Another inconsistency between the draft deed and the terms of the trust deed relates to Rex White’s son, Christopher. In Mr McNiece’s letter of 1 May 1993 to Rex White, with which he enclosed a copy of a deed of trust, he said “I note your instructions that your son is not to be a Beneficiary under the Trust. I have still included him as a discretionary beneficiary but naturally no money will be paid to him unless you so authorise. I think that it is better to have him in there as a discretionary beneficiary.”

However, the draft deed contains no mention of Christopher as he could not be a children of “the Whites” who were defined as Rex and Beatrice White.

The court considered that the naming of a primary beneficiary was a significant feature of the trust noting at [109] that “by identifying with certainty the person to whom the trustees are to pay any remaining trust capital upon the vesting and date of distribution of the trust.” The court going onto note that  “The omission of any reference to the identity of the primary beneficiary in the draft deed is a very significant error and omission that directly informs the issue as to the existence of the certainty of objects of the Trust.”

“Without a named primary beneficiary, the trustees are quite unable to apply [the final capital distribution] … there can be no certainty as to whether the settlor intended Mrs White, the Freemasons New Zealand, or any other person or organisation as the primary beneficiary of the trust.”

At [110] the court goes on to say that “Mr McNiece explains the failure of the draft deed to specify the primary beneficiary as an error in drafting the document. If so, it would have been a startling omission. It is inconceivable that the omission of such a key and fundamental provision of the [Trust], would have escaped the attention of both Rex White and Mr McNiece when reviewing the draft deed prior to execution of the final version.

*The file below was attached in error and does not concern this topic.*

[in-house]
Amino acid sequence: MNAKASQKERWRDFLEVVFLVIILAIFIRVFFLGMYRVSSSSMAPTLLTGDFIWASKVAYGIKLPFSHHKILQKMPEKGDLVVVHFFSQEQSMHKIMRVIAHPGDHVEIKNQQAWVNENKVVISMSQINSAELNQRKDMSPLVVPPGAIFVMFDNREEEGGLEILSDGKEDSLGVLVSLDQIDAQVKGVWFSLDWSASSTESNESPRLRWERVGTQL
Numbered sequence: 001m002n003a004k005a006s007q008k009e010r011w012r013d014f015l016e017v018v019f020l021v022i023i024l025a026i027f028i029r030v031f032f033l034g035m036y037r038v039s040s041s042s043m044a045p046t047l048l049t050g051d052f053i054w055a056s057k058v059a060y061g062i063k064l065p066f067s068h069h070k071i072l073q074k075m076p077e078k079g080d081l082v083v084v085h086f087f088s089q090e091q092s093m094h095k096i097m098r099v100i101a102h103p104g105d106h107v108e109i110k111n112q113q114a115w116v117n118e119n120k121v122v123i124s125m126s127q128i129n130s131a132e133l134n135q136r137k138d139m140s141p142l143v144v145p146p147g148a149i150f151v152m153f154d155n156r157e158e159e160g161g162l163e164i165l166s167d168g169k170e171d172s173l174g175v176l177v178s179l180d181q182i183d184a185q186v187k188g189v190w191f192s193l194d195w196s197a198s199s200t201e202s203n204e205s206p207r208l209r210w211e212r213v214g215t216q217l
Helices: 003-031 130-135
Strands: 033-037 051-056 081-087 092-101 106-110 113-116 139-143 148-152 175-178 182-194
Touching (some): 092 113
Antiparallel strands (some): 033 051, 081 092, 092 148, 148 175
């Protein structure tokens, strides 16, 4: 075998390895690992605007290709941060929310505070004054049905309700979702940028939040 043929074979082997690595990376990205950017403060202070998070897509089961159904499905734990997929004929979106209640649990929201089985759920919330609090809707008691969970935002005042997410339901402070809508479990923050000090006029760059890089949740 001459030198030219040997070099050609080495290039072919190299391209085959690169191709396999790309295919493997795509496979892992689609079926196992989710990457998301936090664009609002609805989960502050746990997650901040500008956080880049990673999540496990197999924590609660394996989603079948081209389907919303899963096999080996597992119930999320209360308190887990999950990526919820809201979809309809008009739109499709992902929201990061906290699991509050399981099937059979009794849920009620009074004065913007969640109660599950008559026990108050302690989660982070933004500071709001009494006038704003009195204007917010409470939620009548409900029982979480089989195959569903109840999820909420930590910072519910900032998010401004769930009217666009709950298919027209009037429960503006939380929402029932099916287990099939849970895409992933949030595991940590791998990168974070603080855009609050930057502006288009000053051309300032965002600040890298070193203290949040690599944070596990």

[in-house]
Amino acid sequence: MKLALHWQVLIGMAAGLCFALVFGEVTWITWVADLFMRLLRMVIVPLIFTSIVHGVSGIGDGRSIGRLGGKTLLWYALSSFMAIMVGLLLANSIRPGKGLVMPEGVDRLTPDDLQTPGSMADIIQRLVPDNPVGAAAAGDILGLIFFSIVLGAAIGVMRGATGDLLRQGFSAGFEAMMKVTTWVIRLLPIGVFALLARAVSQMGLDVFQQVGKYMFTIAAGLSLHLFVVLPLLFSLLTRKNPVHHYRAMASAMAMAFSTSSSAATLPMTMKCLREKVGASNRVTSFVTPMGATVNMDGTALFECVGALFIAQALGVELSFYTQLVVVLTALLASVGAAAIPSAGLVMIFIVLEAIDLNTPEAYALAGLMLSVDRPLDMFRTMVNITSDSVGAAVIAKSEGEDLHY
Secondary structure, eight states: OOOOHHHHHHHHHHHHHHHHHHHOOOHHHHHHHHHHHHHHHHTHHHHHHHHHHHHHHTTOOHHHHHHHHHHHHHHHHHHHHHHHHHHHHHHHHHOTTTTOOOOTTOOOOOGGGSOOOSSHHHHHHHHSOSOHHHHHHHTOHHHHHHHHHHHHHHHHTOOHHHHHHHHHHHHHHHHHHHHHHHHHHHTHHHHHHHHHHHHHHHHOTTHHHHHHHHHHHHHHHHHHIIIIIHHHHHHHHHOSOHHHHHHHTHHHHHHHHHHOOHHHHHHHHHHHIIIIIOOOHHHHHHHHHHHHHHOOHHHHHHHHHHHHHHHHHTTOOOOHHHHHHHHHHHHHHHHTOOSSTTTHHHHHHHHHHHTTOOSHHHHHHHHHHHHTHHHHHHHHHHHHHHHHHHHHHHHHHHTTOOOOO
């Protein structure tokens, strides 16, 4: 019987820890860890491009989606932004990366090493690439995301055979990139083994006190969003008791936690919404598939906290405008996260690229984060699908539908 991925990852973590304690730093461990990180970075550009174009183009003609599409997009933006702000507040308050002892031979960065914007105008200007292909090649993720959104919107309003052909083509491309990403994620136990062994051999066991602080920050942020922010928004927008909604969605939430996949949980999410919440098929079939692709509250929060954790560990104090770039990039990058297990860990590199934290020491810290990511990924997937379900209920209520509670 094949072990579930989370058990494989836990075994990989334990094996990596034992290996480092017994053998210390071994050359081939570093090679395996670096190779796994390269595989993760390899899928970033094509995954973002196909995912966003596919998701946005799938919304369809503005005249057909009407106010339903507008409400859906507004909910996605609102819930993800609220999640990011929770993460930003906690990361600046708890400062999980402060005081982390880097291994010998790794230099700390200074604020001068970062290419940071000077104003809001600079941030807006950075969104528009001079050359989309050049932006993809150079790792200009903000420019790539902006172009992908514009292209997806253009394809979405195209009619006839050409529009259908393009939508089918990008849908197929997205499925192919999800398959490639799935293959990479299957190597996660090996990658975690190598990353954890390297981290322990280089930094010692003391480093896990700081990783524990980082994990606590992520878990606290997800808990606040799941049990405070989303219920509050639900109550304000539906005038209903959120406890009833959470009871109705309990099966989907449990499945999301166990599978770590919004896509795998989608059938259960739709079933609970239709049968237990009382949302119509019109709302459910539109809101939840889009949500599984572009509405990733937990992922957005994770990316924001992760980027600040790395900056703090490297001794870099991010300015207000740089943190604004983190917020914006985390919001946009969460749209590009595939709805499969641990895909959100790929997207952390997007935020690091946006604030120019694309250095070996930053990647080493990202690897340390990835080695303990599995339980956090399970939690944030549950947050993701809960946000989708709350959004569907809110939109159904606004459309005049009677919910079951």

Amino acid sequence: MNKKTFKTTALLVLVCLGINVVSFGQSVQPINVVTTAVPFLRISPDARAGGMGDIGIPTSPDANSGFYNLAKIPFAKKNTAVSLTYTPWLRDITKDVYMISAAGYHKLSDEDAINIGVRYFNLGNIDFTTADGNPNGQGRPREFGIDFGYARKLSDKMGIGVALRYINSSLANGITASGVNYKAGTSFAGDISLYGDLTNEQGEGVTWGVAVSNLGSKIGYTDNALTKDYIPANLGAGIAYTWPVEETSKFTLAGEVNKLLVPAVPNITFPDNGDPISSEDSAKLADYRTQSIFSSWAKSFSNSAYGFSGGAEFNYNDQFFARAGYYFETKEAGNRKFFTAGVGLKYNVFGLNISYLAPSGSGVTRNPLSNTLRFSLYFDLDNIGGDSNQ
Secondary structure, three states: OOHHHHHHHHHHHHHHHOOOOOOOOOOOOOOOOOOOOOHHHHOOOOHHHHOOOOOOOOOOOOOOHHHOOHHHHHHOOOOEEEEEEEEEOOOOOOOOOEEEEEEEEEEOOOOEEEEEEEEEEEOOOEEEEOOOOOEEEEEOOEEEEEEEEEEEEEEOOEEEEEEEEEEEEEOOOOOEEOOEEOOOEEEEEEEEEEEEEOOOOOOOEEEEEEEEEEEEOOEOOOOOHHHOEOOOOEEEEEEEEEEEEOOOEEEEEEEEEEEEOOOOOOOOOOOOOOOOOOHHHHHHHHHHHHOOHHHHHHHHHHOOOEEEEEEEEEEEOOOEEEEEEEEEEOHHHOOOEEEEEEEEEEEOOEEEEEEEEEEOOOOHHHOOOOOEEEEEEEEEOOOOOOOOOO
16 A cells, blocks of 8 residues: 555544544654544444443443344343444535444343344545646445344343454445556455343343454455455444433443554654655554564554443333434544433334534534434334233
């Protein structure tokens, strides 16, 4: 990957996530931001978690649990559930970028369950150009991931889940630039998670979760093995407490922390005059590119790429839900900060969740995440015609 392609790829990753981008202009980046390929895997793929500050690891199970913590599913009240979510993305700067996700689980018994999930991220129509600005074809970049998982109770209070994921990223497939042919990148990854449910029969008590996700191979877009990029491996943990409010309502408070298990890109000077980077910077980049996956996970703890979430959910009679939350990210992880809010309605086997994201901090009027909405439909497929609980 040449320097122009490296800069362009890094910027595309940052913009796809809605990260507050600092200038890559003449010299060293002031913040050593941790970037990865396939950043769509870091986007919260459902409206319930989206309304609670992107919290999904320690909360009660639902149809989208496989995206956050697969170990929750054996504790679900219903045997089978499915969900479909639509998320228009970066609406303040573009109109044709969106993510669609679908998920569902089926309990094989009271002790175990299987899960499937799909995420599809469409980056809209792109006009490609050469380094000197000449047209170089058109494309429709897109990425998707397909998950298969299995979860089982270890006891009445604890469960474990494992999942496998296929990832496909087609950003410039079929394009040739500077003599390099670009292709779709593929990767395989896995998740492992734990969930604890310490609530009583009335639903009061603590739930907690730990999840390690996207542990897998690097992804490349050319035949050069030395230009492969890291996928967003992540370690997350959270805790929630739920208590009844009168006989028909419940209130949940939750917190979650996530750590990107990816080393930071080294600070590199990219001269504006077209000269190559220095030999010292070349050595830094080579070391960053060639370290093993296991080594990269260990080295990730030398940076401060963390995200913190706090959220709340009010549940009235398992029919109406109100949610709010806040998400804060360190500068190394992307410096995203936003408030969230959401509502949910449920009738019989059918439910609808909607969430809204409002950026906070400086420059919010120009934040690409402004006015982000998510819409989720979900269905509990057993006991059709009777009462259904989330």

[111] But irrespective of the reason for the omission, it leaves a large gap that cannot be filled by means of speculation and guesswork as to who the settlor intended as the primary beneficiary. For the reasons already expressed above, I consider that the power given to the trustees in the draft deed to include any charitable objects as discretionary beneficiaries, does not provide the requisite certainty that would authorise and enable the trustees to pay the capital of the [Trust] to Freemasons New Zealand.”

Conclusion

The Trustees could not satisfy the Court as to what the terms of the deed for the Trust were. Mr McNiece’s statements and conduct, particularly as regards the objects and beneficiaries of the trust were found to be inconsistent and his evidence unreliable. In 2001 he advised Mrs White and her Australian solicitor that she was the sole beneficiary. But in 2014 the Trustees took an entirely different approach, advising Mrs White’s solicitor that Mrs White was not the sole beneficiary and that the capital would be divided among “various charities” and later advising it was intended to distribute to “The Masonic Lodge”. This demonstrated that there could be no certainty as to what the settlor’s intentions were and obfuscated the true position. Mr McNiece was also misleading as regards his involvment with Freemasons. Mrs White, by way of contrast was found by the Court to be entirely reliable and credible.

Failing to identify any certainty of object the the Trust failed and the trust funds revert to the estate of the settlor to be held for Mrs White as the sole beneficiary of that estate.

The case highlights the need to retain contemporary file notes when drafting deeds and the risk of free wheeling in the absence of clear terms of trust.

References:

  • Davis v White [2016] NZHC 1626

  • D R McKendry Nominees Pty [2015] VSC 560
  • Maks v Maks (1986) 6 NSWLR 34
  • Porlock Pty Ltd, Re; [2015] NSWSC 1243
  • Proprietors of Wahatu Inc v Attorney-General [2012] NZHC 1461 at [219]
  • Reynolds, Re; Official Assignee v Wilson [2008] NZCA 122, (2008) 2 NZTR 18-005; [2008] 3 NZLR 45